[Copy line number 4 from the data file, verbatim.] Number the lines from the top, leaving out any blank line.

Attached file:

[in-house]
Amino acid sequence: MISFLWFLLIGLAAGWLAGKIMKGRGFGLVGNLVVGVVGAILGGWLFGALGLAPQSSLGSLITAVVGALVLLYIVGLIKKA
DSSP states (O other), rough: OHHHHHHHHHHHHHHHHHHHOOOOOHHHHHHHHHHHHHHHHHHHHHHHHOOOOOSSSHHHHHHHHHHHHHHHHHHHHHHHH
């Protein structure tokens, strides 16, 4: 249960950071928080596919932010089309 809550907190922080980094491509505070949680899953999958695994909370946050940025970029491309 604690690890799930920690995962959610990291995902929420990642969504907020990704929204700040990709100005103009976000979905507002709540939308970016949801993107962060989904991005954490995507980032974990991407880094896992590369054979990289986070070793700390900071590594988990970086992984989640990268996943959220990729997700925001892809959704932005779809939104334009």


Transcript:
């Protein structure tokens, strides 16, 4: 249960950071928080596919932010089309 809550907190922080980094491509505070949680899953999958695994909370946050940025970029491309 604690690890799930920690995962959610990291995902929420990642969504907020990704929204700040990709100005103009976000979905507002709540939308970016949801993107962060989904991005954490995507980032974990991407880094896992590369054979990289986070070793700390900071590594988990970086992984989640990268996943959220990729997700925001892809959704932005779809939104334009």